Continue reading “Can We Really Expect Innovation from an Industry Stuck on White Male Former Sales Reps? Perhaps.”

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I cannot resist writing one more time about the entire market access discussion currently ongoing everywhere, as I believe many of those numerous articles and reports are missing the point.

It is amusing, at least to me, to see the continued flood of articles, consultant presentations, blogs, congress announcements, workshops, summits, reorganizations, speeches, etc. all over the place, basically suggesting how the industry just needs to throw a few more people with fancy titles here and there, coupled with slight organizational changes, onto the problem and involve stakeholders and—guess what?!—actually talk to patients and perhaps even payers and all of a sudden, like Alice in Wonderland, everything will be good, after all.

The uncomfortable truth is, it won’t be. All this “noise” is only good for one thing, paying the bills of the consultants, which is fine, too, as I have been one myself so I can understand. But it will not address the problem the research-based pharmaceutical industry and its employees are facing. Without a substantial increase in R&D productivity, the pharmaceutical industry’s survival (let alone its continued growth prospects), at least in its current form, is in great jeopardy.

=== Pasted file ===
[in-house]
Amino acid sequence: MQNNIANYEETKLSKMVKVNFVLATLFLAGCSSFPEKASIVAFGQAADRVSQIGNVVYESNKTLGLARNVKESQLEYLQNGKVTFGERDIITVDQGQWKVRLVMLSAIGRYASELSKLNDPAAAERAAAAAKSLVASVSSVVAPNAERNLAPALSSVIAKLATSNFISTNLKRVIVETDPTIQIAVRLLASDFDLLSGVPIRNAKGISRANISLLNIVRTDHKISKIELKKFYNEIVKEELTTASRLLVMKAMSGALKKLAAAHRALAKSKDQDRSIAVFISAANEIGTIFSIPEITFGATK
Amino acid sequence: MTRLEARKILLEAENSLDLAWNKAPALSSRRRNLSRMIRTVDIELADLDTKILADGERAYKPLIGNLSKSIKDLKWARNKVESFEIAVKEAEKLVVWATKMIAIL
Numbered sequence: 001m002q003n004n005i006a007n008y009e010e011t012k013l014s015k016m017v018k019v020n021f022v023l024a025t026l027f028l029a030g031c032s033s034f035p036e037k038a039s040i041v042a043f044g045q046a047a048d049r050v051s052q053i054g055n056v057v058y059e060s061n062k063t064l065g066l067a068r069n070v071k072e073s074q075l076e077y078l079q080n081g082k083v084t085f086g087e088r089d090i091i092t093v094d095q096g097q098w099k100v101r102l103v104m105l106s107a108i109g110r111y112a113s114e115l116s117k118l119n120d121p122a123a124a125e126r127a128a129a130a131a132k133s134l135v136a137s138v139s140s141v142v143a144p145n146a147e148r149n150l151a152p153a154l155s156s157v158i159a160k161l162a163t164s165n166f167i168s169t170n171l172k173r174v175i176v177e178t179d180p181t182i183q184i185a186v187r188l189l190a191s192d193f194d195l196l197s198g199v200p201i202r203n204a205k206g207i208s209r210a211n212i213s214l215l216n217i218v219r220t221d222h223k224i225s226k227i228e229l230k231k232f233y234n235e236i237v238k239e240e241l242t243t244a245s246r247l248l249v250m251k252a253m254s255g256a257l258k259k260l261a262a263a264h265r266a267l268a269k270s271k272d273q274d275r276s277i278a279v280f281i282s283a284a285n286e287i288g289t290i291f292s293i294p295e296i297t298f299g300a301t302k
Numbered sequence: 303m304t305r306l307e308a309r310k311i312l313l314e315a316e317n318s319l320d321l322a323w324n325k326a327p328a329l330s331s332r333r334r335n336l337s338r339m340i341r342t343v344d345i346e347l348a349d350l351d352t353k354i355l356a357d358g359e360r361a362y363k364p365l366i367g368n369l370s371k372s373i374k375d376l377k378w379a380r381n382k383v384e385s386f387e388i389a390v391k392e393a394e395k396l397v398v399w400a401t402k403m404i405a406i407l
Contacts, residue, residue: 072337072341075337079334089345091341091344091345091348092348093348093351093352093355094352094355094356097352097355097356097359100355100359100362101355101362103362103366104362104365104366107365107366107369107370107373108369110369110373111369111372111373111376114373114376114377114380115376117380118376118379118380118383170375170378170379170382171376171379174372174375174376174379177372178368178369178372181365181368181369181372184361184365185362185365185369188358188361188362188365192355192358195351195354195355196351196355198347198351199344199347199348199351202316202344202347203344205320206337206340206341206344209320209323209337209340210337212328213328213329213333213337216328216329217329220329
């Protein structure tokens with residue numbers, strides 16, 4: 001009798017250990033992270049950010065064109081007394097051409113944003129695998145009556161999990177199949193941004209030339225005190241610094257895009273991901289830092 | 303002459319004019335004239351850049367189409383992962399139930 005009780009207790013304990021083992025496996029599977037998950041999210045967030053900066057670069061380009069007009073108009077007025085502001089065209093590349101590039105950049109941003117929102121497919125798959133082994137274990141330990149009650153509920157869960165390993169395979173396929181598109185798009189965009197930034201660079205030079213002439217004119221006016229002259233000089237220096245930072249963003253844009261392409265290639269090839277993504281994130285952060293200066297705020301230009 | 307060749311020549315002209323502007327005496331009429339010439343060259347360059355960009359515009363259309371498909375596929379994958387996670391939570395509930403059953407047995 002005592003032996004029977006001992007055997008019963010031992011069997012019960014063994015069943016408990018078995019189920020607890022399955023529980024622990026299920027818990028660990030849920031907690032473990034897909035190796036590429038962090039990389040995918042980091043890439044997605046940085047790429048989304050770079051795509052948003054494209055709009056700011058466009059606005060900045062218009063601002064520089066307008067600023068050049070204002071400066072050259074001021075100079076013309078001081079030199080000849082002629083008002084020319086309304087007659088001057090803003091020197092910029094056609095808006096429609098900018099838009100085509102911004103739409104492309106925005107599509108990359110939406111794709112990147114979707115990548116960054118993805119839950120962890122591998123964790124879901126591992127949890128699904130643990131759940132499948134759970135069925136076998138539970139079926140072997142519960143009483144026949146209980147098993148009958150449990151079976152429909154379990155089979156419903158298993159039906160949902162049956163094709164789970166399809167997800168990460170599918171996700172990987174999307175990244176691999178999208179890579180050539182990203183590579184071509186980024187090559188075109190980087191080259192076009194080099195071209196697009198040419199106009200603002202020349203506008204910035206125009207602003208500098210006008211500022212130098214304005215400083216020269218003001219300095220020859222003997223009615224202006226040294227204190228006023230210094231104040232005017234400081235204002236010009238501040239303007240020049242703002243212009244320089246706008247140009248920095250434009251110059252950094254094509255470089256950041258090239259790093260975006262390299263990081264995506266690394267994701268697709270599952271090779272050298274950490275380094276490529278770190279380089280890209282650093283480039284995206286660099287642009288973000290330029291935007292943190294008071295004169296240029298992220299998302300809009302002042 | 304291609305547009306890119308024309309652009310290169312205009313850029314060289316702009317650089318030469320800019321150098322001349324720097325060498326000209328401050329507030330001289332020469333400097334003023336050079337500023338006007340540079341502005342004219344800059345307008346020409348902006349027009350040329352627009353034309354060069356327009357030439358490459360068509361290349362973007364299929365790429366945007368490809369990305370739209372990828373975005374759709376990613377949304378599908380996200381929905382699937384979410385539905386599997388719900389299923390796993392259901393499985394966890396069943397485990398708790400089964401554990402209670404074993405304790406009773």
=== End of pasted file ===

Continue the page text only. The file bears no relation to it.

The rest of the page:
Continue reading “New Models for Market Access”

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Today the Supreme Court will hear oral arguments in IMS Health v. Sorrell. The case pits medical data giant IMS Health (and some other plaintiffs) against the state of Vermont, which restricted the distribution of certain “physician-identified” medical data if the doctors who generated the data failed to affirmatively permit its distribution.* I have contributed to an amicus brief submitted on behalf of the New England Journal of Medicine regarding the case, and I agree with the views expressed by brief co-author David Orentlicher in his excellent article Prescription Data Mining and the Protection of Patients’ Interests. I think he, Sean Flynn, and Kevin Outterson have, in various venues, made a compelling case for Vermont’s restrictions. But I think it is easy to “miss the forest for the trees” in this complex case, and want to make some points below about its stakes.**